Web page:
The predictive capacity of the nomogram was 0.792 (0.732–0.851) in the primary cohort and 0.730 (0.629–0.832) in the validation cohort according to the AUC (Figure 4). The fitted logistic calibration curve illustrated adequate fit of the predictive model for tigecycline-related coagulopathy in both cohorts (Figure 5). The net benefit obtained from the nomogram was 0.90 and 0.77 based on threshold probabilities for the primary cohort and validation cohort, respectively, as demonstrated by the decision curve analysis (Figure 6).

Figure 4 ROC to assess ability of the validation and primary population prescribed with tigecycline.

Note: (A and B) show the operating characteristic curve (ROC) of the primary cohort and validation cohort, respectively.

Figure 5 Fitted logistic calibration curve analysis in the primary and validation population.

Notes: (A and B) show the calibration curve of the primary cohort and validation cohort, respectively. The fitting degree of the solid line and diagonal line shows the prediction performance of the nomogram.

Figure 6 Decision curve analysis for the primary and validation.

Note: (A and B) demonstrate the decision curve of the primary cohort and validation cohort, respectively, demonstrating the net benefit with the application of the model.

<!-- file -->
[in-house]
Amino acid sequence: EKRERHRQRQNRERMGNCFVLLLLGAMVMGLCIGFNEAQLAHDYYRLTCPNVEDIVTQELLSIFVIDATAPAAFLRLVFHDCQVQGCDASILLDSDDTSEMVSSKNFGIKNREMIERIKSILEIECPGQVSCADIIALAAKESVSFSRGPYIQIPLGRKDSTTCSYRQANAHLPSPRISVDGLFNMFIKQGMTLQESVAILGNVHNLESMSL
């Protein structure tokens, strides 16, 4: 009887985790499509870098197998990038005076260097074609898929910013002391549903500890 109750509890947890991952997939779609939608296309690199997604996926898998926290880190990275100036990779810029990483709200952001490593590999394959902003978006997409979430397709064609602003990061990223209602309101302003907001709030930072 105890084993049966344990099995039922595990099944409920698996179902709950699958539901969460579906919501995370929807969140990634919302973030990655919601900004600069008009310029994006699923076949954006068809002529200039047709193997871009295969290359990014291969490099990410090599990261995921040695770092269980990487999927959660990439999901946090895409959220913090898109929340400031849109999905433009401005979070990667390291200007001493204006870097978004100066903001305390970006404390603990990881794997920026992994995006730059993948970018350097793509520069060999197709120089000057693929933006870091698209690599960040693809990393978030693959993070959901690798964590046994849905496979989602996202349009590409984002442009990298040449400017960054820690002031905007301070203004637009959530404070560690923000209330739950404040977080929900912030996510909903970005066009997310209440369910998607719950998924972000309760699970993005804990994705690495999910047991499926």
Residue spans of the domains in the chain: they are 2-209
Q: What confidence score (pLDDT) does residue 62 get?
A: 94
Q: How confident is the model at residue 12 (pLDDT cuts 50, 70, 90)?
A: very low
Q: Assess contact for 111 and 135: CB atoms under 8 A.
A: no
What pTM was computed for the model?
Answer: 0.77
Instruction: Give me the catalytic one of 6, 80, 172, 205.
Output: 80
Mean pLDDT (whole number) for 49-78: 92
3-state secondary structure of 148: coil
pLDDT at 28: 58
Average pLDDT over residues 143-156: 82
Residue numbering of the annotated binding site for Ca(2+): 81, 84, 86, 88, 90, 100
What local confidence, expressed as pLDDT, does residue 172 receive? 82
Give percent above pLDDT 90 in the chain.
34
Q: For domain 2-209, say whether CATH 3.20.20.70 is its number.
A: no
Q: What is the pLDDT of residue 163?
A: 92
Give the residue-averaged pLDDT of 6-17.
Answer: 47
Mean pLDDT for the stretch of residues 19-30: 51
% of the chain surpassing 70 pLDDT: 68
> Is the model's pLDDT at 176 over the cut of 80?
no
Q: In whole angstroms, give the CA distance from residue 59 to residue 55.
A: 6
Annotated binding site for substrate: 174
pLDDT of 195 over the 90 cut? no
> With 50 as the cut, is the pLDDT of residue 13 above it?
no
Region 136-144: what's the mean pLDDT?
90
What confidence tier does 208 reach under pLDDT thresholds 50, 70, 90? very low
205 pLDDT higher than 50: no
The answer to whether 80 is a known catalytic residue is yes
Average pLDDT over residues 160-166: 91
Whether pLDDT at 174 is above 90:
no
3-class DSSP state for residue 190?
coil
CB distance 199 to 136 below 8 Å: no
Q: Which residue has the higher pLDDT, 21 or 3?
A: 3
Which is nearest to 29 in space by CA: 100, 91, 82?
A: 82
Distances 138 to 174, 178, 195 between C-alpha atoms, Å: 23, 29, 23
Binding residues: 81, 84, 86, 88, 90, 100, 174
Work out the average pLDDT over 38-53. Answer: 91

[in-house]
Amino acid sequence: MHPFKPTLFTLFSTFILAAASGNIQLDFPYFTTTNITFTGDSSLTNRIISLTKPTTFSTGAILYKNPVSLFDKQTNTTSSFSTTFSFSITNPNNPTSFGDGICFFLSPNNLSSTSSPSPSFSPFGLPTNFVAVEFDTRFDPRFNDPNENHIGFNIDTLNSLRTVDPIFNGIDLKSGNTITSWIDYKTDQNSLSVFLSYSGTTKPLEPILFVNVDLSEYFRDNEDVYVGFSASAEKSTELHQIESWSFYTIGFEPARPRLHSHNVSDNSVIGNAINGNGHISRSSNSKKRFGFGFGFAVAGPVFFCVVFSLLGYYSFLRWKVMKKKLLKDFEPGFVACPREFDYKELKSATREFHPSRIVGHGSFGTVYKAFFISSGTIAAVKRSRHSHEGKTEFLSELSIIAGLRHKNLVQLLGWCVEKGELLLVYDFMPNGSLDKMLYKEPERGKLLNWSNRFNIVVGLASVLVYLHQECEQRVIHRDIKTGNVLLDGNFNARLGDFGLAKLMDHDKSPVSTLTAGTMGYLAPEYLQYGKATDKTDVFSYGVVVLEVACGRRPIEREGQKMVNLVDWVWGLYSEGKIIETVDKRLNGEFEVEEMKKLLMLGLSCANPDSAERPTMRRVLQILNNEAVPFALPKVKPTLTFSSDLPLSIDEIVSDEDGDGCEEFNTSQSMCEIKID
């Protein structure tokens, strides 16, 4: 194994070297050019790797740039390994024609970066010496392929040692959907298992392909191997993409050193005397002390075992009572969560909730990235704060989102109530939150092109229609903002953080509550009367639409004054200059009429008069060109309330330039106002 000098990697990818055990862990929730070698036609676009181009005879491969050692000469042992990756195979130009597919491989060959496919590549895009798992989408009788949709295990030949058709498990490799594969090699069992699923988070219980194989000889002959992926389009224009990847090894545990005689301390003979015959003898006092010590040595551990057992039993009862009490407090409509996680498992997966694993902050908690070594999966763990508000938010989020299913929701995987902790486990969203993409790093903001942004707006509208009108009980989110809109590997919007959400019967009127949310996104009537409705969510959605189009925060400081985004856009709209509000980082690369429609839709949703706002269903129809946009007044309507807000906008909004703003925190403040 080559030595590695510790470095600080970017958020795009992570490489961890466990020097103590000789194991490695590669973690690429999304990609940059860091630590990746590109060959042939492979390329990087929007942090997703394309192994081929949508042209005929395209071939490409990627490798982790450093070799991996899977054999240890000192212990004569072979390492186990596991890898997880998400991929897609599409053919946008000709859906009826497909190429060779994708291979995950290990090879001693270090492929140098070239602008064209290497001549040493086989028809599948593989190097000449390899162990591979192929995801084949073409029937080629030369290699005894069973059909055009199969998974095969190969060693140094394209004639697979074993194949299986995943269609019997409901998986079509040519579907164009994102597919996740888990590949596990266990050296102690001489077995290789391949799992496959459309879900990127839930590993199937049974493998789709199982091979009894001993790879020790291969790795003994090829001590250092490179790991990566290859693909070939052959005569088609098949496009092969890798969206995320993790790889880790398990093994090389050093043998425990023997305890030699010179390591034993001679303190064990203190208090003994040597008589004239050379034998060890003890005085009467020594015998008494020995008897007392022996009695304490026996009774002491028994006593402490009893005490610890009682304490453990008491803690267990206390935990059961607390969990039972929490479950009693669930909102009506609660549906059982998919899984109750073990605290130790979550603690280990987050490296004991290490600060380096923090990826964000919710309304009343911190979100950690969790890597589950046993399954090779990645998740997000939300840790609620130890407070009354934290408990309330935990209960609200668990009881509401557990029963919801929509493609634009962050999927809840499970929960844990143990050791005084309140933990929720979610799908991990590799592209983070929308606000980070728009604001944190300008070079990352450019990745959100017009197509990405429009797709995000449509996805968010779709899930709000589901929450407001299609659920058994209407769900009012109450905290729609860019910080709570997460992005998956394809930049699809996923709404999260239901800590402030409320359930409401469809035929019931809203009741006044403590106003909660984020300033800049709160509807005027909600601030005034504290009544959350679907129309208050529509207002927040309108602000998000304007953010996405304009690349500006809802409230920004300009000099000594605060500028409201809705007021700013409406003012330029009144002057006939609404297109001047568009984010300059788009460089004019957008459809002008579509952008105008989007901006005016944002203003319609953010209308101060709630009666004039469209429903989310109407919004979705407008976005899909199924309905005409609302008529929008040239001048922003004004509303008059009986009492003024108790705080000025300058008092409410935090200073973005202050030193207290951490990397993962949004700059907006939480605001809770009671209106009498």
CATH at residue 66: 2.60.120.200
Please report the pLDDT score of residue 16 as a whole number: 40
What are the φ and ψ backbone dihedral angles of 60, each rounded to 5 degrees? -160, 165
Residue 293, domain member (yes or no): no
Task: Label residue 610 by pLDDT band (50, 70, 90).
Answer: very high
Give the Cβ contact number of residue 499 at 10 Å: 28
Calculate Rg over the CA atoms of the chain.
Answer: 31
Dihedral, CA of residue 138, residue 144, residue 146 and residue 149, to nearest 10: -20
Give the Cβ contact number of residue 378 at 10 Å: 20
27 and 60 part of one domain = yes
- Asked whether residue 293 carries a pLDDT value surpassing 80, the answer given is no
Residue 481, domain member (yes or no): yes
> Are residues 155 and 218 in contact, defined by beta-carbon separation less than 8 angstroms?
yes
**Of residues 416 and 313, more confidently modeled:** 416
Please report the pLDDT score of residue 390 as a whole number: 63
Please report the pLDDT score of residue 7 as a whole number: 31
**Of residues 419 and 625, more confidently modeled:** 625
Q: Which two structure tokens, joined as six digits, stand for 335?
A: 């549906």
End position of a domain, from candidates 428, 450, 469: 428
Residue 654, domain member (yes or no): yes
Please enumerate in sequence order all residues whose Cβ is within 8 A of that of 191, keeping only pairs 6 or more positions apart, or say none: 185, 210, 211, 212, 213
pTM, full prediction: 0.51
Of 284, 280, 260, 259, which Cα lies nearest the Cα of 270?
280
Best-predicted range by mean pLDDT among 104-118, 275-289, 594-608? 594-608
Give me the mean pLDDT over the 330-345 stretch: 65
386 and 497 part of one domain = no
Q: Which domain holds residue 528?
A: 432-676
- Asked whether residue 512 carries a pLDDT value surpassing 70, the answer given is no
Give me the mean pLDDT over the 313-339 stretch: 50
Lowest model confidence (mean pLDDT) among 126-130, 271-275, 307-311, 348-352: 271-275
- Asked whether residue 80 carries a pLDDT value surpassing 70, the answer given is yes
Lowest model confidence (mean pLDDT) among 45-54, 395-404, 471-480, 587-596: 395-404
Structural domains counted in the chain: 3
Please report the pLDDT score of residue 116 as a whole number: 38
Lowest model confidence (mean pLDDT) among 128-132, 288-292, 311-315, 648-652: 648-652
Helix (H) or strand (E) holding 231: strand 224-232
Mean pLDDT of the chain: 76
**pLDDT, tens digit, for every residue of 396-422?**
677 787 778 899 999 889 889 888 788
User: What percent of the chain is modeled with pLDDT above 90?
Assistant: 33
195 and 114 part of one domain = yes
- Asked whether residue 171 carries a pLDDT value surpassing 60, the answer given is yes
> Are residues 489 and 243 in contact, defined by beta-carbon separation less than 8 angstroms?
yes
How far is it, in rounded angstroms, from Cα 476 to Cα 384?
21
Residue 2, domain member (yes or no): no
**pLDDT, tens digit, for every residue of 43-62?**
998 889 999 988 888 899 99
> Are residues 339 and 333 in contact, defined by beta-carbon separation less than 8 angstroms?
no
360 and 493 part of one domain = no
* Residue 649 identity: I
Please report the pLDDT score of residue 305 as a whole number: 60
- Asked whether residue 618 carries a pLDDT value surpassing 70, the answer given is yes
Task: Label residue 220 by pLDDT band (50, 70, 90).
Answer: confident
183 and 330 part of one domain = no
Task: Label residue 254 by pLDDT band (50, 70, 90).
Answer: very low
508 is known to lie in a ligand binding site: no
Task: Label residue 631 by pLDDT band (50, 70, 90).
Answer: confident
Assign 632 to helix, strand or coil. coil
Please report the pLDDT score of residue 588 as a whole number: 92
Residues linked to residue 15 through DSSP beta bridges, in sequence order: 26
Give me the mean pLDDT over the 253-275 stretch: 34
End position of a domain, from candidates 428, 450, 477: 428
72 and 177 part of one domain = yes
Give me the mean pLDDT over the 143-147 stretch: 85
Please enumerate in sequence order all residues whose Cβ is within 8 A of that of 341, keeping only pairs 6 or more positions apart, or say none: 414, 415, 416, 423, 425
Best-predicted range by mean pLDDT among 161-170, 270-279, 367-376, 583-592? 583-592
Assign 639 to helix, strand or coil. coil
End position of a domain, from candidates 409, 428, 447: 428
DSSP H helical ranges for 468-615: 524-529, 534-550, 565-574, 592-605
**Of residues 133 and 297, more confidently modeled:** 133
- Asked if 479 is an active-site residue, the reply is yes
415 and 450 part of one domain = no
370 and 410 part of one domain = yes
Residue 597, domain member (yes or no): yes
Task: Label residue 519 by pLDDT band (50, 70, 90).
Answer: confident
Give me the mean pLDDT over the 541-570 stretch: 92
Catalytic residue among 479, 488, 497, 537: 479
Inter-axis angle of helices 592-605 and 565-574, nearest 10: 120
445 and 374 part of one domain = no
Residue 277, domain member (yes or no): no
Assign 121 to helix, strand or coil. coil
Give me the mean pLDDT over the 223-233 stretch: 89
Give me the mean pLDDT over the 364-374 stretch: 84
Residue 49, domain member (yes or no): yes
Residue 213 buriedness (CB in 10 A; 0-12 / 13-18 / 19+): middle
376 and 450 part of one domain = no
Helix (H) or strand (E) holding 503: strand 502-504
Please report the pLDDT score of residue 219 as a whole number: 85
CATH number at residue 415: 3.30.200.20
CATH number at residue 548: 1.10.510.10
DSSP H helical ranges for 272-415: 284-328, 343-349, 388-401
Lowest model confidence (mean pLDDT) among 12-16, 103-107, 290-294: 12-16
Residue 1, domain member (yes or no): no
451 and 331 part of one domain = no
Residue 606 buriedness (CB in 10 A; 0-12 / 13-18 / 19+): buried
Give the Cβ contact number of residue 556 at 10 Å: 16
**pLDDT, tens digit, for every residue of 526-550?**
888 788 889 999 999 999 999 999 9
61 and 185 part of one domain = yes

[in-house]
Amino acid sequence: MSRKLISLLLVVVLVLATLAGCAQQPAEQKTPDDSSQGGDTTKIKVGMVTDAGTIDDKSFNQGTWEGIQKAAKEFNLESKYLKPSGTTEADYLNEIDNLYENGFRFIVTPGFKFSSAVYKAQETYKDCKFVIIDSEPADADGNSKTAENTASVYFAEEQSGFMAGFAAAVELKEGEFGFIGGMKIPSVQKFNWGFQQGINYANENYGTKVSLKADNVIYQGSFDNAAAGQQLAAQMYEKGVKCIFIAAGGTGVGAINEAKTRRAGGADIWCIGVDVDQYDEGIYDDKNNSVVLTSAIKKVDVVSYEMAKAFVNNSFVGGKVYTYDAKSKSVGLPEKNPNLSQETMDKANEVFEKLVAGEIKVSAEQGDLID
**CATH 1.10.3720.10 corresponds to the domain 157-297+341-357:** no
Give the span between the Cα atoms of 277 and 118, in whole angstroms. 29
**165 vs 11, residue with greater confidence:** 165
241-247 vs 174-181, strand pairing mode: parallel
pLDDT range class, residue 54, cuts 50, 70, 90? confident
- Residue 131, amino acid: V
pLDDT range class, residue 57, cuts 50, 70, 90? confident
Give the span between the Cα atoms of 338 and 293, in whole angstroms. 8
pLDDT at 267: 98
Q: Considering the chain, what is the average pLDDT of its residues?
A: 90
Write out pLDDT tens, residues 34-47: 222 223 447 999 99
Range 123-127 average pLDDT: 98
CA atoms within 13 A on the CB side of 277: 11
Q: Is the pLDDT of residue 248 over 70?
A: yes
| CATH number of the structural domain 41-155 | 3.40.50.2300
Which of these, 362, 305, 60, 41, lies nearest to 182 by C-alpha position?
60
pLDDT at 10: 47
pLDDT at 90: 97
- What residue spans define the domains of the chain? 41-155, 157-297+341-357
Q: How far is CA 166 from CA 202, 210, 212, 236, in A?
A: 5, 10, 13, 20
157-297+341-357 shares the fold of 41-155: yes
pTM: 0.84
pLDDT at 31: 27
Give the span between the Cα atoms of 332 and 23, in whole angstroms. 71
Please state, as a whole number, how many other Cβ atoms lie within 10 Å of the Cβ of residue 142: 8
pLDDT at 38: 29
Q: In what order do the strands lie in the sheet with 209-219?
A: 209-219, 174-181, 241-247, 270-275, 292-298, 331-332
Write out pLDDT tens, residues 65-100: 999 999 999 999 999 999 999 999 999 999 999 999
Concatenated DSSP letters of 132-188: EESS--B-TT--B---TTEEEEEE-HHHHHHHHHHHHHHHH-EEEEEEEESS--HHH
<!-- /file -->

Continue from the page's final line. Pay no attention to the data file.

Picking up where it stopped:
The Association Between Coagulopathy and Mortality

To further analyze the association between tigecycline-related coagulopathy and in-hospital mortality, a log rank test based on survival curves was performed in both the primary and validation cohorts. The survival curves showed that patients with tigecycline-related coagulopathy under tigecycline prescription have a higher incidence of mortality (p < 0.05, log rank test) (Figure 7).

Figure 7 Survival analysis for the primary and validation cohort.

Note: (A and B) demonstrate the survival curve in the primary cohort and validation cohort, respectively.


In this study, a nomogram constructed on the basis of clinical characteristics as screened by the logistic regression model included cumulative dose, combined use with antibiotics, initial PT, initial fibrinogen and eGFR to predict tigecycline-related coagulopathy. As evaluated by the AUC, calibration curve as well as DCA, this model exhibits sound predictive performance. Furthermore, the survivor curves revealed that patients suffering from tigecycline-related coagulopathy possess a higher risk of mortality. To our knowledge, this is the first model for predicting tigecycline-related coagulopathy.

Tigecycline, the first glycyl-tetracycline drug, obtained approval from the Food and Drug Administration (FDA) in June 2005 before entering the Chinese market in November 2011. The antibacterial spectrum of tigecycline covers Gram-positive bacteria, Gram-negative bacteria, atypical pathogens as well as anaerobic bacteria. Despite inactivity against proteus spp. and Pseudomonas aeruginosa, tigecycline exhibits powerful antibacterial activity against MDR and XDR, including the methicillin-resistant Staphylococcus aureus (MRSA), vancomycin-resistant Enterococci (VRE), carbapenem-resistant Enterobacterales, extended-spectrum β-lactamase-producing Enterobacterales and MDR Acinetobacter spp.17–22 Tigecycline is recommended for community-acquired pneumonia, complicated intra-abdominal infections and complicated skin or soft tissue infections caused by sensitive bacteria, with its indications still rapidly expanding.